Still why was the fellow burning a light at that hour? An unacknowledged uneasiness took possession of him and drove him forward. People seemed to do all manner of extravagant things in this fantastic country that they would never have dreamed of doing in homely old England. There must be something electric in the atmosphere that penetrated the veins. Even he had been aware of it now and then, a strange and potent influence that drove a man to passionate deeds.

He reached the window without sound just as Stella had reached it on that night of rain long ago. With no consciousness of spying, driven by an urgent impulse he could not stop to question, he looked in.

The window was ajar, as if it had been pushed to negligently by someone entering, and in a flash Bernard had it wide. He went in as though he had been propelled.

A man—Everard—was standing half-dressed in the middle of the room. He was facing the window, and the light shone with ghastly distinctness upon his face. But he did not look up. He was gazing fixedly into a glass of water he held in his hand, apparently watching some minute substance melting there.

It was not the thing he held, but the look upon his face, that sent Bernard forward with a spring. "Man!" he burst forth. "What are you doing?"

Everard gave utterance to a fierce oath that was more like the cry of a savage animal than the articulate speech of a man. He stepped back sharply, and put the glass to his lips. But no drop that it contained did he swallow, for in the same instant Bernard flung it violently aside. The glass spun across the room, and they grappled together for the mastery. For a few seconds the battle was hot; then very suddenly the elder man threw up his hands.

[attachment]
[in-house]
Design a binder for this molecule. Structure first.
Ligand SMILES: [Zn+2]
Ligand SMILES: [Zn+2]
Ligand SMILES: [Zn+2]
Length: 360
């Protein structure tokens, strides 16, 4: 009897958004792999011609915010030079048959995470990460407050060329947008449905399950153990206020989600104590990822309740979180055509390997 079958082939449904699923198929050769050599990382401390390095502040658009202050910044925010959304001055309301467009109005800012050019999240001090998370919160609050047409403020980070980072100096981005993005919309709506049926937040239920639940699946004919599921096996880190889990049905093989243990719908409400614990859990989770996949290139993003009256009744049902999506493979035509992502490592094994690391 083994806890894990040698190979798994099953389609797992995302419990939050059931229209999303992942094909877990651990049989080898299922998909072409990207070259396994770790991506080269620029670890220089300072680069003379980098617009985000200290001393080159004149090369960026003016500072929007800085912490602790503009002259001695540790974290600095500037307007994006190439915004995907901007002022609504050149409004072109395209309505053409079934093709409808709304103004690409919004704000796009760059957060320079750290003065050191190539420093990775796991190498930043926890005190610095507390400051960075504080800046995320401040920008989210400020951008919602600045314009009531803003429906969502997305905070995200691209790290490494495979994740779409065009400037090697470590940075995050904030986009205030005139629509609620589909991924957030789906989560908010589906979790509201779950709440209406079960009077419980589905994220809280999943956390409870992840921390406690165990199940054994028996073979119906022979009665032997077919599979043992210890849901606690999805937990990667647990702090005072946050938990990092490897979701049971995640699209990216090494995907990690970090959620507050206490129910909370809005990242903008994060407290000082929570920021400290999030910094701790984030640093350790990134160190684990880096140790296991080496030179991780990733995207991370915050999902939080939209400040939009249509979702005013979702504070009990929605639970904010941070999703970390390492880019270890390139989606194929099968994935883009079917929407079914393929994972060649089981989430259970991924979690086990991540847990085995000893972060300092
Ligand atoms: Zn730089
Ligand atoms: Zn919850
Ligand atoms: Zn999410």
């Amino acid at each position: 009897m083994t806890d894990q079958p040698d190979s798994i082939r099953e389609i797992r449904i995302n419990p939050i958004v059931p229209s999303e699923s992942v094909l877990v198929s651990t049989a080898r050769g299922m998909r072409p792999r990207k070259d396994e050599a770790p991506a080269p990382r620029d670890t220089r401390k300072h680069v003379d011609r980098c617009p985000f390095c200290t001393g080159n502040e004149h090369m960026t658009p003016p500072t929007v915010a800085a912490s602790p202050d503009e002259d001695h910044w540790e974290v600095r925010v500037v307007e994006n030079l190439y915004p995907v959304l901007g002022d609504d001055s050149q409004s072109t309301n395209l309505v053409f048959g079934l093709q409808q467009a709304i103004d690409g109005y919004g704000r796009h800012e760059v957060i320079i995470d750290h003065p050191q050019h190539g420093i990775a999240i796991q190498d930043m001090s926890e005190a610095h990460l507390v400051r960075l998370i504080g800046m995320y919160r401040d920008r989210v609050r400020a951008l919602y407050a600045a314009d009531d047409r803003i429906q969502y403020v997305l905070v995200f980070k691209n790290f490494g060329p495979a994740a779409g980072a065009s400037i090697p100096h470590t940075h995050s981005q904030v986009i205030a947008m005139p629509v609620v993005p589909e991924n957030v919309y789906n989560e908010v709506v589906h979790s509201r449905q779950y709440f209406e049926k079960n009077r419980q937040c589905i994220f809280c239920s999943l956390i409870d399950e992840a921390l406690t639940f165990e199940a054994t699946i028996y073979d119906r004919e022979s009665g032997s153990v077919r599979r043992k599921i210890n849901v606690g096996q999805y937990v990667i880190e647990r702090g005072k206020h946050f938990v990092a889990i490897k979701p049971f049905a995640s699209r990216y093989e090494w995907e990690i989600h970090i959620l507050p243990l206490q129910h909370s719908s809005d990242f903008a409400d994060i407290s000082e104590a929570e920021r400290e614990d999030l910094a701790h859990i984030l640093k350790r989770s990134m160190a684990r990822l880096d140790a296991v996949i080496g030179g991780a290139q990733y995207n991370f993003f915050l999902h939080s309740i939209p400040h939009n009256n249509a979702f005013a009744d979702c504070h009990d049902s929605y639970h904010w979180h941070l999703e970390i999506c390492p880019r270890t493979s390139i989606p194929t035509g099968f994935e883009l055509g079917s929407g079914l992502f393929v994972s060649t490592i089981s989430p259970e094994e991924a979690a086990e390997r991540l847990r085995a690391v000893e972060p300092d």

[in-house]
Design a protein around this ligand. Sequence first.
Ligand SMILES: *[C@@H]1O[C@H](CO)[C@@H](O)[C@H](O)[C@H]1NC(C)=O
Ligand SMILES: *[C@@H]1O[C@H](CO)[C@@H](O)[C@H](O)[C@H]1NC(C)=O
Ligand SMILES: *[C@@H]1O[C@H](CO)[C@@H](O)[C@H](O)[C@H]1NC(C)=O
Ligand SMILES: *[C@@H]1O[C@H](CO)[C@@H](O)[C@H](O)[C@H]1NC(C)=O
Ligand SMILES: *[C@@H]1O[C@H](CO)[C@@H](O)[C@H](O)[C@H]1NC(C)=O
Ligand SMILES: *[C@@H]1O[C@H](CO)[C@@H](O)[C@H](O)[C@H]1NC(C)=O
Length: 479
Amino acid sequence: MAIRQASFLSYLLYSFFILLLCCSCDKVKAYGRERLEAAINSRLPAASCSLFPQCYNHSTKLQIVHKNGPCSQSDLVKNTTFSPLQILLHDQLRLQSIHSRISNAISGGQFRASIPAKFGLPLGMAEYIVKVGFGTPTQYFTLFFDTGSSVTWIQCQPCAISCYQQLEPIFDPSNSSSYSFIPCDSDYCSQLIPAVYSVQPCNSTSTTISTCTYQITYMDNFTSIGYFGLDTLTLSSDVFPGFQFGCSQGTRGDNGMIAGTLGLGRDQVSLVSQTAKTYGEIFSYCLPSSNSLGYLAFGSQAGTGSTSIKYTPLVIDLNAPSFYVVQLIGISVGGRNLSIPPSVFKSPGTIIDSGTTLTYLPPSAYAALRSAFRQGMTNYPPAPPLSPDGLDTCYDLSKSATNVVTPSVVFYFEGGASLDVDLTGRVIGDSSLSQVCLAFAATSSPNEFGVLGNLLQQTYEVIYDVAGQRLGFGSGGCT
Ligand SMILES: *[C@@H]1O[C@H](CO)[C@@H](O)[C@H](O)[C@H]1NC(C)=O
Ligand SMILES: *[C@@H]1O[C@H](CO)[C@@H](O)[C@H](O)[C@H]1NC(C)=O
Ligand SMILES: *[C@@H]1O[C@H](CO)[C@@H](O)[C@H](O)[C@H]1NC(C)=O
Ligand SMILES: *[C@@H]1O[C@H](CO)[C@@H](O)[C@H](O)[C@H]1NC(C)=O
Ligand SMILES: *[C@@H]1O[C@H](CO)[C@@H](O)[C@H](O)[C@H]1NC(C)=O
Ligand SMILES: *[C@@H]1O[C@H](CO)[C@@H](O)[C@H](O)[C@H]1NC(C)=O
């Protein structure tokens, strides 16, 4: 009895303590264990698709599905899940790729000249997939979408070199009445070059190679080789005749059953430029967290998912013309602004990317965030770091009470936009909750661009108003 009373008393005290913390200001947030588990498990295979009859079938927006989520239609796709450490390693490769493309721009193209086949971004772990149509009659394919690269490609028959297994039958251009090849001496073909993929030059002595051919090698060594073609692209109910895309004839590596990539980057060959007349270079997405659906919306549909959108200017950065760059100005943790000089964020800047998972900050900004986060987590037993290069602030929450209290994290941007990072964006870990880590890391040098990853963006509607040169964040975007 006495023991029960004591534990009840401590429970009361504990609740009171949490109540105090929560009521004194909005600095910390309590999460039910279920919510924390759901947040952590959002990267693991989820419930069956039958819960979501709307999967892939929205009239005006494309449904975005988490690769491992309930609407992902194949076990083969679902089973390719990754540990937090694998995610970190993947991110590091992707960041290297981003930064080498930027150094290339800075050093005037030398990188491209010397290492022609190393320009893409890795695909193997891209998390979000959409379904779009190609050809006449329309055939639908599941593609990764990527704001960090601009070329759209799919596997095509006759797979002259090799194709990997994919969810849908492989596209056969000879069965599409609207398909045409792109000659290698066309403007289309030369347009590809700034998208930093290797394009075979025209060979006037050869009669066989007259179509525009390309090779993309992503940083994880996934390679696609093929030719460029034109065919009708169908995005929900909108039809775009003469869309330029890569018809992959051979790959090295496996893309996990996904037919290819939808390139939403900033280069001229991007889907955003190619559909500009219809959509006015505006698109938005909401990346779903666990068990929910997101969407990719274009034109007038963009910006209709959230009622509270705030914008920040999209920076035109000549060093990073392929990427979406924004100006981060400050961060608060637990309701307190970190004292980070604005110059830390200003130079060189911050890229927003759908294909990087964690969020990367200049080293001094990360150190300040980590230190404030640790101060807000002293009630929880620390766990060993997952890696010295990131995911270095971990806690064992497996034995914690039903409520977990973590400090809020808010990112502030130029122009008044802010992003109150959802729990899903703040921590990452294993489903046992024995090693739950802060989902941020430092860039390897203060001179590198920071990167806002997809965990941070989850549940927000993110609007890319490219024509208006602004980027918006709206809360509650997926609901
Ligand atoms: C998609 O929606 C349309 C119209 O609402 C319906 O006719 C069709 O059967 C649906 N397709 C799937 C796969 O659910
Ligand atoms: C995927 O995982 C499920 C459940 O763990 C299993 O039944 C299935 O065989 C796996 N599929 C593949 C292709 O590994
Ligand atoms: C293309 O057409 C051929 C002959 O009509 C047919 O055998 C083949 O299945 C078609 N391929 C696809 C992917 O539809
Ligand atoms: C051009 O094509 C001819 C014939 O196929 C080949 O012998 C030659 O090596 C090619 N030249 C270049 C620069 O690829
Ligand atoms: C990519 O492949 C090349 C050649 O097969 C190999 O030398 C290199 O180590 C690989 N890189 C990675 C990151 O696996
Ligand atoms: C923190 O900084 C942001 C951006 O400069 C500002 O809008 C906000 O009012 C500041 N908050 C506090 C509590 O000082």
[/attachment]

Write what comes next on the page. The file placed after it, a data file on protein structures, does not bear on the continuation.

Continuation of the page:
"All right," he said, between short gasps for breath. "You can hammer me—if you want someone to hammer. Perhaps—it'll do you good."

He was free on the instant. Everard flung round and turned his back. He did not speak, but crossed the room and picked up the glass which lay unbroken on the floor.

Bernard followed him, still gasping for breath, "Give that to me!" he said.

His soft voice was oddly stern. Everard looked at him. His hand, shaking a little, was extended. After a very definite pause, he placed the glass within it. There was a little white sediment left with a drain of water at the bottom. With his blue eyes full upon his brother's face, Bernard lifted it to his own lips.

But the next instant it was dashed away, and the glass shivered to atoms against the wall. "You—fool!" Everard said.

A faint, faint smile that very strangely proclaimed a resemblance between them which was very seldom perceptible crossed Bernard's face. "I—thought so," he said. "Now look here, boy! Let's stop being melodramatic for a bit! Take a dose of quinine instead! It seems to be the panacea for all evils in this curious country."

His voice was perfectly kind, even persusaive, but it carried a hint of authority as well, and Everard gave him a keen look as if aware of it.

He was very pale but absolutely steady as he made reply. "I don't think quinine will meet the case on this occasion."

"You prefer another kind of medicine," Bernard suggested. And then with sudden feeling he held out his hand. "Everard, old chap, never do that while you've a single friend left in the world! Do you want to break my heart? I only ask to stand by you. I'll stand by you to the very gates of hell. Don't you know that?"

His voice trembled slightly. Everard turned and gripped the proffered hand hard in his own.

"I suppose I—might have known," he said. "But it's a bit rash of you all the same."